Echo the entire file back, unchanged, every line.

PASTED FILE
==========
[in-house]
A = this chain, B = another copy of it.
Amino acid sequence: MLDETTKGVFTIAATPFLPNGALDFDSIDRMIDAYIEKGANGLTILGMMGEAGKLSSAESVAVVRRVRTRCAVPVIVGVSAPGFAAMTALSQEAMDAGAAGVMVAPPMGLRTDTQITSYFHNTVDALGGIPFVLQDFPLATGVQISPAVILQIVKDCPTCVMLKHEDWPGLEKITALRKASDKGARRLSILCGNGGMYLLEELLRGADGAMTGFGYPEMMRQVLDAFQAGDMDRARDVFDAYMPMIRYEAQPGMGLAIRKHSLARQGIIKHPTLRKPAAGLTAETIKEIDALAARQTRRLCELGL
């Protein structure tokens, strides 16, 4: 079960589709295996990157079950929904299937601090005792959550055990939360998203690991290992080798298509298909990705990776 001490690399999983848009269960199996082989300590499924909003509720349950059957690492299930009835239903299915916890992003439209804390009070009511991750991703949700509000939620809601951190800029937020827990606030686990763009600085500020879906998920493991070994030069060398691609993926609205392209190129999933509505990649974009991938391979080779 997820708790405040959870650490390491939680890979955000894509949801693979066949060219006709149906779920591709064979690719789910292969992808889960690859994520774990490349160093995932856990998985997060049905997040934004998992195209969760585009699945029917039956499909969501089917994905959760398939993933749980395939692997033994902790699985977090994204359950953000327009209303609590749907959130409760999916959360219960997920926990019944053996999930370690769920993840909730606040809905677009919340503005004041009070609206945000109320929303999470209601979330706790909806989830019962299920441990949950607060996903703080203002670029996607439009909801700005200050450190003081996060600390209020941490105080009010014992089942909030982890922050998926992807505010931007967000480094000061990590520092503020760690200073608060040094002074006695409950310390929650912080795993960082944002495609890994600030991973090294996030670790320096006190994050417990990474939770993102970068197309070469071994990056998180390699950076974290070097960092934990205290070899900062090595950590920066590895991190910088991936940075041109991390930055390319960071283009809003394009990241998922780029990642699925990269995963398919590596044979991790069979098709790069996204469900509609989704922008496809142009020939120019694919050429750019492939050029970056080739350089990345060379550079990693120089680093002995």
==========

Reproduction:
[in-house]
A = this chain, B = another copy of it.
Amino acid sequence: MLDETTKGVFTIAATPFLPNGALDFDSIDRMIDAYIEKGANGLTILGMMGEAGKLSSAESVAVVRRVRTRCAVPVIVGVSAPGFAAMTALSQEAMDAGAAGVMVAPPMGLRTDTQITSYFHNTVDALGGIPFVLQDFPLATGVQISPAVILQIVKDCPTCVMLKHEDWPGLEKITALRKASDKGARRLSILCGNGGMYLLEELLRGADGAMTGFGYPEMMRQVLDAFQAGDMDRARDVFDAYMPMIRYEAQPGMGLAIRKHSLARQGIIKHPTLRKPAAGLTAETIKEIDALAARQTRRLCELGL
């Protein structure tokens, strides 16, 4: 079960589709295996990157079950929904299937601090005792959550055990939360998203690991290992080798298509298909990705990776 001490690399999983848009269960199996082989300590499924909003509720349950059957690492299930009835239903299915916890992003439209804390009070009511991750991703949700509000939620809601951190800029937020827990606030686990763009600085500020879906998920493991070994030069060398691609993926609205392209190129999933509505990649974009991938391979080779 997820708790405040959870650490390491939680890979955000894509949801693979066949060219006709149906779920591709064979690719789910292969992808889960690859994520774990490349160093995932856990998985997060049905997040934004998992195209969760585009699945029917039956499909969501089917994905959760398939993933749980395939692997033994902790699985977090994204359950953000327009209303609590749907959130409760999916959360219960997920926990019944053996999930370690769920993840909730606040809905677009919340503005004041009070609206945000109320929303999470209601979330706790909806989830019962299920441990949950607060996903703080203002670029996607439009909801700005200050450190003081996060600390209020941490105080009010014992089942909030982890922050998926992807505010931007967000480094000061990590520092503020760690200073608060040094002074006695409950310390929650912080795993960082944002495609890994600030991973090294996030670790320096006190994050417990990474939770993102970068197309070469071994990056998180390699950076974290070097960092934990205290070899900062090595950590920066590895991190910088991936940075041109991390930055390319960071283009809003394009990241998922780029990642699925990269995963398919590596044979991790069979098709790069996204469900509609989704922008496809142009020939120019694919050429750019492939050029970056080739350089990345060379550079990693120089680093002995």